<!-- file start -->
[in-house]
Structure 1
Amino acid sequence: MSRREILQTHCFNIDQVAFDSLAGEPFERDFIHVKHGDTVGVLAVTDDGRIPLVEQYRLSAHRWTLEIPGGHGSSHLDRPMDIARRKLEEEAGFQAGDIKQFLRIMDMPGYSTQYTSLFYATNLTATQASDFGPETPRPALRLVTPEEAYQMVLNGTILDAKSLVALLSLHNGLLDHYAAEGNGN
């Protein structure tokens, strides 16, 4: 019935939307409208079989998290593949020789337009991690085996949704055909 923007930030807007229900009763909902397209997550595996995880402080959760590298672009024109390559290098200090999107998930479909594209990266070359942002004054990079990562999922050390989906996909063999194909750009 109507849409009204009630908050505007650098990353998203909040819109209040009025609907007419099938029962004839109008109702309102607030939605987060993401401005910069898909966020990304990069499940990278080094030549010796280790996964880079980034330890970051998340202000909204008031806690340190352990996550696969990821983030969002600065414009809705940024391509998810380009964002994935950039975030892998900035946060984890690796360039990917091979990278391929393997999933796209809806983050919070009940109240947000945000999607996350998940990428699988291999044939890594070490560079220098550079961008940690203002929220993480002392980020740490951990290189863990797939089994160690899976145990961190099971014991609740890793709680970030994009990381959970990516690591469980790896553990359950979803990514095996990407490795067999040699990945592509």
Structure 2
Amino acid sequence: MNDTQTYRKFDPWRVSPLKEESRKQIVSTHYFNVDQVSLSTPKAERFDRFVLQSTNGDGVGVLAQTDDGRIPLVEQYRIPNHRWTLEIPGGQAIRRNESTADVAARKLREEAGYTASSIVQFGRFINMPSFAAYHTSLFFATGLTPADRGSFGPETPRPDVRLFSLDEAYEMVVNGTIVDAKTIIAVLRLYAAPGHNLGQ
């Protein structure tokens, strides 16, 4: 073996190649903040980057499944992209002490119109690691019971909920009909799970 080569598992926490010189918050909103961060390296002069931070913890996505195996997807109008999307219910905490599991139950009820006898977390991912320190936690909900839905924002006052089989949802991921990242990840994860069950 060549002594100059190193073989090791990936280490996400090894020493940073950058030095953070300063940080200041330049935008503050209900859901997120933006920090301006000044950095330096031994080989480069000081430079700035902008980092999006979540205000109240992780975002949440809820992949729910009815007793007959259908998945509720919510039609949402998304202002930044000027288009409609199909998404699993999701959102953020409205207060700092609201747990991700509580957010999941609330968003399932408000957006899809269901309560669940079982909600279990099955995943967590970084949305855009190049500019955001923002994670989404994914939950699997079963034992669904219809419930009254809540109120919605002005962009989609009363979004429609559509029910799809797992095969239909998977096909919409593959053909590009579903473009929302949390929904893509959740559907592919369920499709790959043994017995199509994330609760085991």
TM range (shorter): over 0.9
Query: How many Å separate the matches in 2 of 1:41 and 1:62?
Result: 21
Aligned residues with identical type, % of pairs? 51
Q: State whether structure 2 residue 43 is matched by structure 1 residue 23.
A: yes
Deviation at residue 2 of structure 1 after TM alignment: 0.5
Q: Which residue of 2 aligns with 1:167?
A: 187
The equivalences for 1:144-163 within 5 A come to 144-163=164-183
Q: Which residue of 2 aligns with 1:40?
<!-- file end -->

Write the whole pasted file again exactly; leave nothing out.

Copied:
[in-house]
Structure 1
Amino acid sequence: MSRREILQTHCFNIDQVAFDSLAGEPFERDFIHVKHGDTVGVLAVTDDGRIPLVEQYRLSAHRWTLEIPGGHGSSHLDRPMDIARRKLEEEAGFQAGDIKQFLRIMDMPGYSTQYTSLFYATNLTATQASDFGPETPRPALRLVTPEEAYQMVLNGTILDAKSLVALLSLHNGLLDHYAAEGNGN
């Protein structure tokens, strides 16, 4: 019935939307409208079989998290593949020789337009991690085996949704055909 923007930030807007229900009763909902397209997550595996995880402080959760590298672009024109390559290098200090999107998930479909594209990266070359942002004054990079990562999922050390989906996909063999194909750009 109507849409009204009630908050505007650098990353998203909040819109209040009025609907007419099938029962004839109008109702309102607030939605987060993401401005910069898909966020990304990069499940990278080094030549010796280790996964880079980034330890970051998340202000909204008031806690340190352990996550696969990821983030969002600065414009809705940024391509998810380009964002994935950039975030892998900035946060984890690796360039990917091979990278391929393997999933796209809806983050919070009940109240947000945000999607996350998940990428699988291999044939890594070490560079220098550079961008940690203002929220993480002392980020740490951990290189863990797939089994160690899976145990961190099971014991609740890793709680970030994009990381959970990516690591469980790896553990359950979803990514095996990407490795067999040699990945592509």
Structure 2
Amino acid sequence: MNDTQTYRKFDPWRVSPLKEESRKQIVSTHYFNVDQVSLSTPKAERFDRFVLQSTNGDGVGVLAQTDDGRIPLVEQYRIPNHRWTLEIPGGQAIRRNESTADVAARKLREEAGYTASSIVQFGRFINMPSFAAYHTSLFFATGLTPADRGSFGPETPRPDVRLFSLDEAYEMVVNGTIVDAKTIIAVLRLYAAPGHNLGQ
């Protein structure tokens, strides 16, 4: 073996190649903040980057499944992209002490119109690691019971909920009909799970 080569598992926490010189918050909103961060390296002069931070913890996505195996997807109008999307219910905490599991139950009820006898977390991912320190936690909900839905924002006052089989949802991921990242990840994860069950 060549002594100059190193073989090791990936280490996400090894020493940073950058030095953070300063940080200041330049935008503050209900859901997120933006920090301006000044950095330096031994080989480069000081430079700035902008980092999006979540205000109240992780975002949440809820992949729910009815007793007959259908998945509720919510039609949402998304202002930044000027288009409609199909998404699993999701959102953020409205207060700092609201747990991700509580957010999941609330968003399932408000957006899809269901309560669940079982909600279990099955995943967590970084949305855009190049500019955001923002994670989404994914939950699997079963034992669904219809419930009254809540109120919605002005962009989609009363979004429609559509029910799809797992095969239909998977096909919409593959053909590009579903473009929302949390929904893509959740559907592919369920499709790959043994017995199509994330609760085991």
TM range (shorter): over 0.9
Query: How many Å separate the matches in 2 of 1:41 and 1:62?
Result: 21
Aligned residues with identical type, % of pairs? 51
Q: State whether structure 2 residue 43 is matched by structure 1 residue 23.
A: yes
Deviation at residue 2 of structure 1 after TM alignment: 0.5
Q: Which residue of 2 aligns with 1:167?
A: 187
The equivalences for 1:144-163 within 5 A come to 144-163=164-183
Q: Which residue of 2 aligns with 1:40?